Daily Brief: How To Invest In 2022 For Your Very Own Fairytale Ending

Daily Brief: How To Invest In 2022 For Your Very Own Fairytale Ending

about 2 years ago3 mins

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Economists have high hopes for the global economy in 2022, but a lot rides on whether central banks serve something up that’s too hot, too cold, or just right.

What does this mean?

Economists reckon the “real” – that is, inflation-adjusted – global economy will grow by 4.4%, driven primarily by the US, Europe, and China’s respective 3.9%, 4.2%, and 5.3%. But there’s a catch: that growth – motivated primarily by a recovery in consumer spending and a declogging of supply bottlenecks – could continue to push up prices, which is why economists are expecting inflation to hit 3.5% around the world next year. That might encourage the Federal Reserve (the Fed) to hike interest rates as soon as mid-2022, even if the European Central Bank (ECB) has said it’s not planning to do the same until at least 2024. But if inflation keeps bearing down on the region, it might be forced to change that position pronto…

Fed rate hikes
Source: Statista

Why should I care?

For markets: What’s a central bank to do?

The Fed is in a pickle: if the central bank makes borrowing more expensive by raising rates, it risks limiting economic growth as much as it does inflation. American shoppers only have so much cash to spend, after all, and they’re likely to buy fewer nice-to-haves if they’re confronted with expensive price tags. The Fed, then, needs to time its rate rises perfectly next year to enjoy the best of both worlds.

The bigger picture: Put down the dollar.

Goldman Sachs is expecting non-US stocks to do well next year, which doesn’t bode especially well for the US dollar. A wider choice of potential winners could encourage investors to sell their dollar-denominated American stocks in favor of those denominated in foreign currencies, which would push down the former’s currency versus others around the world.

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What's On The Horizon For Stocks In 2022

Markets preview image

Stocks could be set for another strong year in 2022, even if company valuations end up going nowhere fast.

What does this mean?

The key US and European stock indexes – the S&P 500 and the Stoxx 600 – climbed 30% and 22% respectively this year. And Goldman Sachs thinks both will carry that momentum into next year, estimating that the S&P 500 will be 9% higher and the Stoxx 13% higher this time next year.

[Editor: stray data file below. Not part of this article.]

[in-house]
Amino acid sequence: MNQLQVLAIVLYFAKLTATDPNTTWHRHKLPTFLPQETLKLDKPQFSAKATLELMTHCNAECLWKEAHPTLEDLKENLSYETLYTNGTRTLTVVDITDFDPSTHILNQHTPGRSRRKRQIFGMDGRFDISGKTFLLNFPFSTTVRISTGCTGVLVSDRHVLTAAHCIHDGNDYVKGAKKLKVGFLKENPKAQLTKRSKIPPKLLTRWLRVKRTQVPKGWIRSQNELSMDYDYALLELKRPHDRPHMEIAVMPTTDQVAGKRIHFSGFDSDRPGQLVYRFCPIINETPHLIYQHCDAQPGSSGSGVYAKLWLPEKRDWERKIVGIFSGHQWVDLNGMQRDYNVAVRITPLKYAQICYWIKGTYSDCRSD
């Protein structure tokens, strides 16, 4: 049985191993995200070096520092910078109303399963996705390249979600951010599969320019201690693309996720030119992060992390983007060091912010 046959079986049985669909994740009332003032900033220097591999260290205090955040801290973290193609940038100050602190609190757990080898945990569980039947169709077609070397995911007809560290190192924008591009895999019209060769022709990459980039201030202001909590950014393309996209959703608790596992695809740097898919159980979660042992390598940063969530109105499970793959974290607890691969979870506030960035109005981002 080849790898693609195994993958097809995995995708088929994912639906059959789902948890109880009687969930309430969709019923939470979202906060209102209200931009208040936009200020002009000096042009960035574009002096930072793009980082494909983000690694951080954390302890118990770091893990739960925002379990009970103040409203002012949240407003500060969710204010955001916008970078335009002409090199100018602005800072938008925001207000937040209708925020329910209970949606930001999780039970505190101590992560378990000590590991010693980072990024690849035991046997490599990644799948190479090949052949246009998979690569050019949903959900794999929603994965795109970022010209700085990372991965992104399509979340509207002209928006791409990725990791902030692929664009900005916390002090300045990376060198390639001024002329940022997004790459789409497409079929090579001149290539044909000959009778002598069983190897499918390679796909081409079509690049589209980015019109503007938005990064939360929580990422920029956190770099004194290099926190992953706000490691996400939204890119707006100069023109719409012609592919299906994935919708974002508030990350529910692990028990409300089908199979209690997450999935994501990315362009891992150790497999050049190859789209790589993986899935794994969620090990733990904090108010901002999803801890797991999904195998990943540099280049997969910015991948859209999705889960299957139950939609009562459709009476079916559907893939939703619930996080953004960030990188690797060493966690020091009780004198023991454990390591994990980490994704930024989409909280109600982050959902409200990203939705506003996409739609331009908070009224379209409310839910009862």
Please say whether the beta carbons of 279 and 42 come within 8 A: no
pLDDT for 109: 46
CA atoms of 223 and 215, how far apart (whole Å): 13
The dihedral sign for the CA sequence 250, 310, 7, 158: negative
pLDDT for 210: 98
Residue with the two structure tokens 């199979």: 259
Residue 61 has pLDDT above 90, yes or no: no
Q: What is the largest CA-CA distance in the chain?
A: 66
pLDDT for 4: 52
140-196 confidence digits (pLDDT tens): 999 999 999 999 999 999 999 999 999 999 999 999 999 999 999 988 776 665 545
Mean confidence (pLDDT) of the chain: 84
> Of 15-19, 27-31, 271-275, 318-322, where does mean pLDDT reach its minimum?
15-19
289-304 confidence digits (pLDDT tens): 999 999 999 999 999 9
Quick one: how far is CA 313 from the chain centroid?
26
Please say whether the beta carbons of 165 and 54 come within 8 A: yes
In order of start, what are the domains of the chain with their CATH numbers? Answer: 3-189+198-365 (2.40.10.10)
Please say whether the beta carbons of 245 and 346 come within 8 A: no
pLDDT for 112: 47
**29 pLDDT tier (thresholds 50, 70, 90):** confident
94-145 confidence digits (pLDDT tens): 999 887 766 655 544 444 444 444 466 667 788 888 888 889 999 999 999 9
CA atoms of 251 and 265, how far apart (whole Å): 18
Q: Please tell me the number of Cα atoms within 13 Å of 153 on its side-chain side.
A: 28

Goldman SP 500

That’s all well and good, but the investment bank also argues that the S&P 500’s “price-to-earnings ratio” – a key valuation measure – won’t budge much. See, it’s true that shoppers are more likely to be out and about next year, pushing up expectations of companies’ profits and, by extension, their valuations. But it’s also true that any boost this provides could be offset by interest rate hikes, which would make safer investments more appealing at stocks’ expense, in turn lowering stocks' valuations.

Why should I care?

For markets: Is this tech’s swansong?

Analysts still have their reservations about the US stock market, mostly because just 10 companies – including Apple, Microsoft, and Amazon – are responsible for around 30% of its value. If these stocks were to collapse, then, the entire index could too. This is nothing new, admittedly, and investors have blithely continued to buy their shares for years. But 2022 could finally be the year they fall out of favor…

US market

For you personally: Goldman’s recommendations.

First up, buy into companies – think consumer staples, which sell everyday essentials – that can pass price rises onto their customers without losing them to the competition. Second, avoid those with high workforce costs, since those costs are only going to get higher if wages keep rising. Third, “growth” stocks – those of fast-growing companies – are probably fine, but avoid unprofitable ones, which will be most at risk if interest rates rise.



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Disclaimer: These articles are provided for information purposes only. Occasionally, an opinion about whether to buy or sell a specific investment may be provided. The content is not intended to be a personal recommendation to buy or sell any financial instrument or product, or to adopt any investment strategy as it is not provided based on an assessment of your investing knowledge and experience, your financial situation or your investment objectives. The value of your investments, and the income derived from them, may go down as well as up. You may not get back all the money that you invest. The investments referred to in this article may not be suitable for all investors, and if in doubt, an investor should seek advice from a qualified investment advisor.

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